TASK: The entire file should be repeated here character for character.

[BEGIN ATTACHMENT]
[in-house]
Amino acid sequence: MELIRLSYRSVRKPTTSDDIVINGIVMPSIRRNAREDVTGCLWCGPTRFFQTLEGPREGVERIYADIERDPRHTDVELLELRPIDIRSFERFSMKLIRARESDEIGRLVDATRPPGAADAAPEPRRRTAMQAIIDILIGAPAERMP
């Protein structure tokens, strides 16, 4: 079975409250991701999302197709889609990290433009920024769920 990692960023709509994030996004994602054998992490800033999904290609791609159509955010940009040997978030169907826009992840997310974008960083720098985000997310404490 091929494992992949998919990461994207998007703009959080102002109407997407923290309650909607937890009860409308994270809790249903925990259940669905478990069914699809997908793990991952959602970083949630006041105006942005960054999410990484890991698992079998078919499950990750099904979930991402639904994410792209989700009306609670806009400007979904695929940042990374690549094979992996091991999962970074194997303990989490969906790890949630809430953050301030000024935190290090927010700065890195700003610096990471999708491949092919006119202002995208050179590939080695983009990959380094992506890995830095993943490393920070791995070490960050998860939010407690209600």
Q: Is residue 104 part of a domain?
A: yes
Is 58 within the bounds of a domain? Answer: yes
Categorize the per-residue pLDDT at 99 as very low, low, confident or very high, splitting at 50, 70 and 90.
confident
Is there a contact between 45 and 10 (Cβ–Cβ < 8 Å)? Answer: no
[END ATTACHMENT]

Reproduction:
[in-house]
Amino acid sequence: MELIRLSYRSVRKPTTSDDIVINGIVMPSIRRNAREDVTGCLWCGPTRFFQTLEGPREGVERIYADIERDPRHTDVELLELRPIDIRSFERFSMKLIRARESDEIGRLVDATRPPGAADAAPEPRRRTAMQAIIDILIGAPAERMP
């Protein structure tokens, strides 16, 4: 079975409250991701999302197709889609990290433009920024769920 990692960023709509994030996004994602054998992490800033999904290609791609159509955010940009040997978030169907826009992840997310974008960083720098985000997310404490 091929494992992949998919990461994207998007703009959080102002109407997407923290309650909607937890009860409308994270809790249903925990259940669905478990069914699809997908793990991952959602970083949630006041105006942005960054999410990484890991698992079998078919499950990750099904979930991402639904994410792209989700009306609670806009400007979904695929940042990374690549094979992996091991999962970074194997303990989490969906790890949630809430953050301030000024935190290090927010700065890195700003610096990471999708491949092919006119202002995208050179590939080695983009990959380094992506890995830095993943490393920070791995070490960050998860939010407690209600």
Q: Is residue 104 part of a domain?
A: yes
Is 58 within the bounds of a domain? Answer: yes
Categorize the per-residue pLDDT at 99 as very low, low, confident or very high, splitting at 50, 70 and 90.
confident
Is there a contact between 45 and 10 (Cβ–Cβ < 8 Å)? Answer: no